As such, I am expecting a lot of engagement with Defra and BEIS in Qs 1 and 2 as they develop specific elements of the strategy and in Q3 and Q4 as Suez look to respond, react and reposition to the new policy agenda. So it look like 2018 will be a busy one for me, and for most of you working in this sector of ours.

What do I hope for in 2018?

First and foremost that the new Defra Resources & Waste Strategy meets our expectations and delivers a coherent policy framework that works across government departments and sets the right ambitions for a circular economy that is deliverable yet challenging.

However, I still fear that government will be a little more ad-hoc and reactionary to the hot topics of the day (marine plastics and DRS being two obvious ones), leaving the sector ‘disappointed’ in either the strategy’s lack of vision, or lack of supporting policy, legislation and enforcement to make the step change we all want and need, but I hope not. More likely it will get delayed, and 2018 will be less memorable than we had expected.

If I have another wish, it is that Brexit progresses faster so we can move beyond the uncertainty, and start to invest in the services and infrastructure needed to deliver on our new strategy.

The degree of uncertainty has impacted investment, decision-making and progress, and the UK needs all three if we are to transform our economy to one that is productive, green and consumer ready. I am not sure we will see the level of clarity needed in 2018, but I can live in hope.

I would like to see a clear government steer (both in England and Wales) on Extended Producer Responsibility policies and frameworks before the launch of any new deposit return schemes. I expect to be part of a number of trials or pilot DRS in 2018, with planning already well under way, but DRS alone is not going to deliver on its own, we need a full EPR system that embraces polluter pays thinking.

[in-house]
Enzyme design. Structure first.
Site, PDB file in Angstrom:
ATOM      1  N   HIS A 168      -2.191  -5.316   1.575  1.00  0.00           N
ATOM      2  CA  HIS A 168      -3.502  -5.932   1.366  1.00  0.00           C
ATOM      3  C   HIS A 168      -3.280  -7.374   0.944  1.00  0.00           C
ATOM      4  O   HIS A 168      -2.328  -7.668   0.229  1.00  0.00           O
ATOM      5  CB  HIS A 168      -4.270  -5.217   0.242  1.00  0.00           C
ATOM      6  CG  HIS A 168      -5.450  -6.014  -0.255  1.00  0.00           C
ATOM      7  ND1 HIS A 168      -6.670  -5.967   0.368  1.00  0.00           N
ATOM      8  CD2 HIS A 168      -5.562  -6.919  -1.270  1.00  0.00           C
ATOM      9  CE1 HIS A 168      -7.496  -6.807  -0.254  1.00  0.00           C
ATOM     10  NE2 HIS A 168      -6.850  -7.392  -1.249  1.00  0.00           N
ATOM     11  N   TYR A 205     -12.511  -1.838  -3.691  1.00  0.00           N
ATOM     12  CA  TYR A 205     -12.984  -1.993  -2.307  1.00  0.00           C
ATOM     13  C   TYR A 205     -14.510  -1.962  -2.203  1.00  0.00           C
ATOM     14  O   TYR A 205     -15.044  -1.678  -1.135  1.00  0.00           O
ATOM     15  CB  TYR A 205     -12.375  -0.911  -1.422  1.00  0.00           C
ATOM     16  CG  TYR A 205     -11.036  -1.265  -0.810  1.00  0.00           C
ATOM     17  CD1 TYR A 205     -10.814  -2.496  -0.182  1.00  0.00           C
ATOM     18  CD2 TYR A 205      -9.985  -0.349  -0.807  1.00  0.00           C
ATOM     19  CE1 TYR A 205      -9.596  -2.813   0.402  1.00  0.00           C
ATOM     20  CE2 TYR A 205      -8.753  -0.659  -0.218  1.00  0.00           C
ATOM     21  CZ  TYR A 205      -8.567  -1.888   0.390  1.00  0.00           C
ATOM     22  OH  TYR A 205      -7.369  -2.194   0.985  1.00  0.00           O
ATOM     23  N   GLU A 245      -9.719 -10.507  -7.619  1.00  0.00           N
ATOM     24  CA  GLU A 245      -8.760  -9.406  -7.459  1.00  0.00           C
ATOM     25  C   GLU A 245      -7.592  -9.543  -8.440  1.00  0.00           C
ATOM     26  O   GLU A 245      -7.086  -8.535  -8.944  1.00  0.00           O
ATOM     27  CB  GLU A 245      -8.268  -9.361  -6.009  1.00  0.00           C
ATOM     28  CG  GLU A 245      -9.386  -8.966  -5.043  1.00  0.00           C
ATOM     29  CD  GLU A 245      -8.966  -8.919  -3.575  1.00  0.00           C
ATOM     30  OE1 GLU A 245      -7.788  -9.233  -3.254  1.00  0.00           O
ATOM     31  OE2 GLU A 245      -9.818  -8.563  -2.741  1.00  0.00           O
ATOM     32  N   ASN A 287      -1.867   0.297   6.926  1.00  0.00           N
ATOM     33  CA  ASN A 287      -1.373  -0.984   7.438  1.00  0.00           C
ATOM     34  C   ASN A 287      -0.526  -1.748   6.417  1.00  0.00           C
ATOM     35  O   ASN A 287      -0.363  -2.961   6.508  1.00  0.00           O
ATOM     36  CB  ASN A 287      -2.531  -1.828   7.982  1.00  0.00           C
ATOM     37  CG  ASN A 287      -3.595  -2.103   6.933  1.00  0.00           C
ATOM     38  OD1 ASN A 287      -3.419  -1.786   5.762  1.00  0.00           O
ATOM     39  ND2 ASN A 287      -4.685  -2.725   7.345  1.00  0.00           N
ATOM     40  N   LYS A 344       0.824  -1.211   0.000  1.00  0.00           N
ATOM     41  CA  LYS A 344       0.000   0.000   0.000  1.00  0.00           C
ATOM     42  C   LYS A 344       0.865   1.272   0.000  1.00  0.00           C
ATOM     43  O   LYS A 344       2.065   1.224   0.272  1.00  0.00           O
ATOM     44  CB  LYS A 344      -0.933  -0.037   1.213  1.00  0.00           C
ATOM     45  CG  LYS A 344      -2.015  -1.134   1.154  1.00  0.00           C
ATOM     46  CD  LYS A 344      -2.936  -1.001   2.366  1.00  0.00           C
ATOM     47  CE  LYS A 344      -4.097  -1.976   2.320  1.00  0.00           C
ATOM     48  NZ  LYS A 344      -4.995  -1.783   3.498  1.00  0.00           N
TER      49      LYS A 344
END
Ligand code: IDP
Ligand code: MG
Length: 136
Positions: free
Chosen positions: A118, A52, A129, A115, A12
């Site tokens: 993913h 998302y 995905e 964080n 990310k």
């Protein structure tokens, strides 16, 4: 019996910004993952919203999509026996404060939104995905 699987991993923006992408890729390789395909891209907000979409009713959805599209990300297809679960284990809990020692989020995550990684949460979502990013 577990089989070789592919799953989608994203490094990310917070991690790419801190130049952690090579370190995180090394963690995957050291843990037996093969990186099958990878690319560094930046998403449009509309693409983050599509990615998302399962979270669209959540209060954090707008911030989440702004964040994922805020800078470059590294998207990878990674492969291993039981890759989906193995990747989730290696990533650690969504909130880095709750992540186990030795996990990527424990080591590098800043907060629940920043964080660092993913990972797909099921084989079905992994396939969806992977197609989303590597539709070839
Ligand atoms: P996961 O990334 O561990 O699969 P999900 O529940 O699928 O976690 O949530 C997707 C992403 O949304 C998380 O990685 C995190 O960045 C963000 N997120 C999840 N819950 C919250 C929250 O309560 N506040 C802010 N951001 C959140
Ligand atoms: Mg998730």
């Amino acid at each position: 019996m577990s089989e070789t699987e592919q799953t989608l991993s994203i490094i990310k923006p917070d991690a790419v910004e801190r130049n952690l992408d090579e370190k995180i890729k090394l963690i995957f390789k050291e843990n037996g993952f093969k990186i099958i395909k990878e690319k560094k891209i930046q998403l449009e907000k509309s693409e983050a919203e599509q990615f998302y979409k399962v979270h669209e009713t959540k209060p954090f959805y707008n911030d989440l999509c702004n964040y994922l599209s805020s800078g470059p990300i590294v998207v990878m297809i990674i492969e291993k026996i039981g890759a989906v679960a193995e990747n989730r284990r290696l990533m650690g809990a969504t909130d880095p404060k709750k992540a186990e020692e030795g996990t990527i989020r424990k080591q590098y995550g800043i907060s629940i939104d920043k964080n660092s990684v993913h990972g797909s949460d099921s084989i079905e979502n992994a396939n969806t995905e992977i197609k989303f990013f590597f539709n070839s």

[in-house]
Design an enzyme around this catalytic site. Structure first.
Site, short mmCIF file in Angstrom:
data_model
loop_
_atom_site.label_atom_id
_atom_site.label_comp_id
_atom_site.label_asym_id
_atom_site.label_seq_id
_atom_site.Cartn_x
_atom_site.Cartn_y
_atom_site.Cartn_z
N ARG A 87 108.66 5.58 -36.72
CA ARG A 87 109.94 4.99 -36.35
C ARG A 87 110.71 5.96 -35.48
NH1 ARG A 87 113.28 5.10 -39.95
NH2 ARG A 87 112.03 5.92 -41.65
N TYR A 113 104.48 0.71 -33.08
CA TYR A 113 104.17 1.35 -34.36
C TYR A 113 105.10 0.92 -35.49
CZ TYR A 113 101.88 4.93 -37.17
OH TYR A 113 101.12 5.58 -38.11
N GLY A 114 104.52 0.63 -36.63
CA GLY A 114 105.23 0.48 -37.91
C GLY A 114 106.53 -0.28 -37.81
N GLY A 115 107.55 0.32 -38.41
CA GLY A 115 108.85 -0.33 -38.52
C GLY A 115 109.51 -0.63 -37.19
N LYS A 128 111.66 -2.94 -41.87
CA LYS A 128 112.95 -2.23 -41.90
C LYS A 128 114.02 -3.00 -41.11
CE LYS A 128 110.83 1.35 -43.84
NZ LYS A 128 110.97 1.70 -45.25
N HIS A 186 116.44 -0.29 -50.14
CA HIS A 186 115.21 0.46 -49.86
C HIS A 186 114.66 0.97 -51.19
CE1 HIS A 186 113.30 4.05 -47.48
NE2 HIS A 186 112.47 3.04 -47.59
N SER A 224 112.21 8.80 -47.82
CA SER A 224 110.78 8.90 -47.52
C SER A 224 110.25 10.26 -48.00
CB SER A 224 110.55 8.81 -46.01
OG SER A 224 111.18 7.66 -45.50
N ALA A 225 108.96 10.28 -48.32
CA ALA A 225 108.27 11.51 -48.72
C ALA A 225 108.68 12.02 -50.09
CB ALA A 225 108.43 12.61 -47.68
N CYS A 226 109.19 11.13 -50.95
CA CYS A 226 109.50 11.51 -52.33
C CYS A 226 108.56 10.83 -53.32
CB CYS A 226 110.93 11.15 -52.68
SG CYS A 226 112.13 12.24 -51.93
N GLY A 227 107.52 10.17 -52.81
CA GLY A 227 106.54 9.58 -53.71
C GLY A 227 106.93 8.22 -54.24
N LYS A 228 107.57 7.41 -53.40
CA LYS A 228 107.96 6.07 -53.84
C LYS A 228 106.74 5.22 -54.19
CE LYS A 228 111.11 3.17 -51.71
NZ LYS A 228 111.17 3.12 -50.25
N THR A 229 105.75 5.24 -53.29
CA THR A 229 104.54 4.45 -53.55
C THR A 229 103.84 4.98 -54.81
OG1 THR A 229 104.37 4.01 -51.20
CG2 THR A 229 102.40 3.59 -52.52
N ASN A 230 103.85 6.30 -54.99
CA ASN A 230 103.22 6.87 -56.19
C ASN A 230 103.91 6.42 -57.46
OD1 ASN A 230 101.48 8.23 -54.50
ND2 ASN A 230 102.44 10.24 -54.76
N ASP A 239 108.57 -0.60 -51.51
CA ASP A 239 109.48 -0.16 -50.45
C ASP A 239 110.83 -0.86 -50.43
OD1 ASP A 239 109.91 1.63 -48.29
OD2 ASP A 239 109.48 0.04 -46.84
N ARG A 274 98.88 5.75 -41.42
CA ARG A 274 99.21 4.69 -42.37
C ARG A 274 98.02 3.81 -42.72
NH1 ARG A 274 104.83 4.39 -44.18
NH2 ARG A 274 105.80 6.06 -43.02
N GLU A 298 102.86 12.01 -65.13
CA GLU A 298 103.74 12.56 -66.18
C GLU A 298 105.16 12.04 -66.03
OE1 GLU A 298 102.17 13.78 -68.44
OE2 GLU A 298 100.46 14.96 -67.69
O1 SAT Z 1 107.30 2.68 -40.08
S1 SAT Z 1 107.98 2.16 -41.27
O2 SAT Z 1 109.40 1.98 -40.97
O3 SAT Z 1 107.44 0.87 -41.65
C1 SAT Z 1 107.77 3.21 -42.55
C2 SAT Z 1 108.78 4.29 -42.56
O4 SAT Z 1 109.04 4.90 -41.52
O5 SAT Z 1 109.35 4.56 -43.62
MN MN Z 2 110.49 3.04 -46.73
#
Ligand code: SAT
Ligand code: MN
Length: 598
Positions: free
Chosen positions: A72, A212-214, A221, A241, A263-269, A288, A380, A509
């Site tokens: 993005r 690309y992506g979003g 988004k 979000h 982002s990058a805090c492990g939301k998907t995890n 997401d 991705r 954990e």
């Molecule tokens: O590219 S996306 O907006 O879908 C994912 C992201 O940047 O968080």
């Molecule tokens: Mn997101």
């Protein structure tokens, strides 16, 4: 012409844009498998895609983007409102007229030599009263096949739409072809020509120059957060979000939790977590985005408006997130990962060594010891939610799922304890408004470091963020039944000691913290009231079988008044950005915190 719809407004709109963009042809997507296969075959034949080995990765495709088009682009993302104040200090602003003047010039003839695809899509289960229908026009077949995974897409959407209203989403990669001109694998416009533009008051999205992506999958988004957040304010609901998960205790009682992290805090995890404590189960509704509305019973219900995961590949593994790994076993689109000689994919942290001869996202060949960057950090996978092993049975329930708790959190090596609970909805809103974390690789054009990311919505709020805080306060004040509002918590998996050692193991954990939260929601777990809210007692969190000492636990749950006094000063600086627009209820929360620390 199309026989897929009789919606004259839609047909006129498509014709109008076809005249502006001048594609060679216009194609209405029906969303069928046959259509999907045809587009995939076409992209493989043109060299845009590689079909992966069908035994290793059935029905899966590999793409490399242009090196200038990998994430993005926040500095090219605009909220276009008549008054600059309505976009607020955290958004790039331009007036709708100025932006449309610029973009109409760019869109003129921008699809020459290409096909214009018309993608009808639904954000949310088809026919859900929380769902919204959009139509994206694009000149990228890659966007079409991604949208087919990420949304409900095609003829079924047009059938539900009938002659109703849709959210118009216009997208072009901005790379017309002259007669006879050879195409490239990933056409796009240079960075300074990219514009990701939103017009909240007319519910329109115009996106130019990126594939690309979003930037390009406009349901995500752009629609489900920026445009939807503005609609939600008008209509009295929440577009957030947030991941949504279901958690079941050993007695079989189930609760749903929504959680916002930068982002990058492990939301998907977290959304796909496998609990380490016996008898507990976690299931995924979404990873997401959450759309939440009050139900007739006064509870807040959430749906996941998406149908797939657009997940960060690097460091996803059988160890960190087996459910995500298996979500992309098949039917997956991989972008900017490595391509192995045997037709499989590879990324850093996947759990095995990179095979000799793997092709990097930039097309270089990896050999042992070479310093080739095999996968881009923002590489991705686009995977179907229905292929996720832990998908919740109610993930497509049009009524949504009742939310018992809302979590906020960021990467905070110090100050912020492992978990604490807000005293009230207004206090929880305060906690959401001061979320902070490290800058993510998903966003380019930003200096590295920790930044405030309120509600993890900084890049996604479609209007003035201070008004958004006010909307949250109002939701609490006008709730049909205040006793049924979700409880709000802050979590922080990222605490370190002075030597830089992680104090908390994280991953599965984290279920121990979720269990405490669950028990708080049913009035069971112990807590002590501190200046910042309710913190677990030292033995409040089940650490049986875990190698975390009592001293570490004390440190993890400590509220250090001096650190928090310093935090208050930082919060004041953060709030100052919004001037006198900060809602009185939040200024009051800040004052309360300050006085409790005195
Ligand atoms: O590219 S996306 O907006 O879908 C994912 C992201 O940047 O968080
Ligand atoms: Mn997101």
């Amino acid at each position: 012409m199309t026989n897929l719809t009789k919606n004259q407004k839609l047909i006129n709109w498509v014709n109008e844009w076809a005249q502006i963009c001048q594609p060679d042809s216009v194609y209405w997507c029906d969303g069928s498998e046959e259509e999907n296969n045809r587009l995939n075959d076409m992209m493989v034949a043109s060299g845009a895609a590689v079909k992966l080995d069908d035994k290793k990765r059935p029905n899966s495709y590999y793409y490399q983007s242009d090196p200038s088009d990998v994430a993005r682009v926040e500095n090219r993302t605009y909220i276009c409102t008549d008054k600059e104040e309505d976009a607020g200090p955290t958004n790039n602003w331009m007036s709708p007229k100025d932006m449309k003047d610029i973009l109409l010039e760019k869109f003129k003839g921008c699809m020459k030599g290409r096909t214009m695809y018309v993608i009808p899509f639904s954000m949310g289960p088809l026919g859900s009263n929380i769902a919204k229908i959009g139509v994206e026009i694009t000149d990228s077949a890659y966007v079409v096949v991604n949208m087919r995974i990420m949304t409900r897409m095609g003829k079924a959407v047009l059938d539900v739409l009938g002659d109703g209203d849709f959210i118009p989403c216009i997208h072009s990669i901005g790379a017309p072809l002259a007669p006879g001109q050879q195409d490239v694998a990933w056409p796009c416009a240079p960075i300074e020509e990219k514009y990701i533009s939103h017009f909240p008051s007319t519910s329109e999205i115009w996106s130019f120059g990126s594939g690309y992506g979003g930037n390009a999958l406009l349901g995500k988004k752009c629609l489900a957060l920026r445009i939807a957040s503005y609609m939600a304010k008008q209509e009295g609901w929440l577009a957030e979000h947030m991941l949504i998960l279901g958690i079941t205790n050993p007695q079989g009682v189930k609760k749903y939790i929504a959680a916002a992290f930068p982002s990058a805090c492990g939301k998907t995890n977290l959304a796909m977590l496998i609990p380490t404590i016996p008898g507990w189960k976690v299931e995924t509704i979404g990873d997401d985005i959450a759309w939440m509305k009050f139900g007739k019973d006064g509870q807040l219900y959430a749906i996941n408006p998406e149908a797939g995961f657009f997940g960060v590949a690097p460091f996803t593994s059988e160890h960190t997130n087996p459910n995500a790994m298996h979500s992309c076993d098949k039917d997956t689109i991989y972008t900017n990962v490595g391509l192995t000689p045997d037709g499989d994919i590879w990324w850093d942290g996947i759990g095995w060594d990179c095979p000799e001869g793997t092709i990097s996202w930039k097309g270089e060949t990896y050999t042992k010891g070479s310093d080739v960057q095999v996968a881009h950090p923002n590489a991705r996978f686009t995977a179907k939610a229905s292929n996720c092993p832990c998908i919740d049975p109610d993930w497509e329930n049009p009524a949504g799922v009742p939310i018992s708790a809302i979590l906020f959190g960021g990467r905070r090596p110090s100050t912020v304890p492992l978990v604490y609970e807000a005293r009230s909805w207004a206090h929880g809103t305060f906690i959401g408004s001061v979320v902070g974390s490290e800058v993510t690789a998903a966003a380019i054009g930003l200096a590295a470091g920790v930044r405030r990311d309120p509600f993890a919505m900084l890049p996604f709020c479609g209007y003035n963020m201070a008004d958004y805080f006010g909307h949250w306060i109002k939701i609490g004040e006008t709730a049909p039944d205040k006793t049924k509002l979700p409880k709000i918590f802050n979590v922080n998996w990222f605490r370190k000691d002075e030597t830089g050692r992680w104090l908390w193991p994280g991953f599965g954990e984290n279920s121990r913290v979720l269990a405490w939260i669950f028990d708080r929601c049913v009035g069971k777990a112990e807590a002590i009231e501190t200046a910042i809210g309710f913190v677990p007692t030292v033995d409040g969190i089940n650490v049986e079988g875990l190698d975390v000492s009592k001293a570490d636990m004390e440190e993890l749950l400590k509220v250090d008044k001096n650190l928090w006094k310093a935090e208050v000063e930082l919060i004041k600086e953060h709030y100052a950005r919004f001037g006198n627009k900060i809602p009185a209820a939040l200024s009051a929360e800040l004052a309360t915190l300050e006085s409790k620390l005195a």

I might get some of this wish in 2018, and as the body of evidence for DRS grows so will the wave of enthusiasm for EPR, so roll on 2019.

Finally, I hope that the sector and the supply chains can come together, as they have been doing in the second half of 2017, to fill any gaps, agree common priorities, and to deliver the change needed to enable the UK to be a society where resources are valued, decisions are based on the full costs and benefits, and where wastes that are produced are put to the best possible use in the interest so the UK economy.

If we are to deal with the marine plastics issue and address National Sword concerns, we must improve the quality of our recyclate and reduce the levels of contamination.

This will take effort from everyone: designers, manufacturers, the public, and the waste and resource management companies and local authorities.

In the meantime, I would like to wish you all a productive New Year, and look forward to seeing you at any one of a large number of planned workshops, meetings and seminars in January and February 2018. I did say I like to be busy didn’t I?

Each month, Dr Adam Read, External Affairs Director at Suez, discusses the big issues within the sector.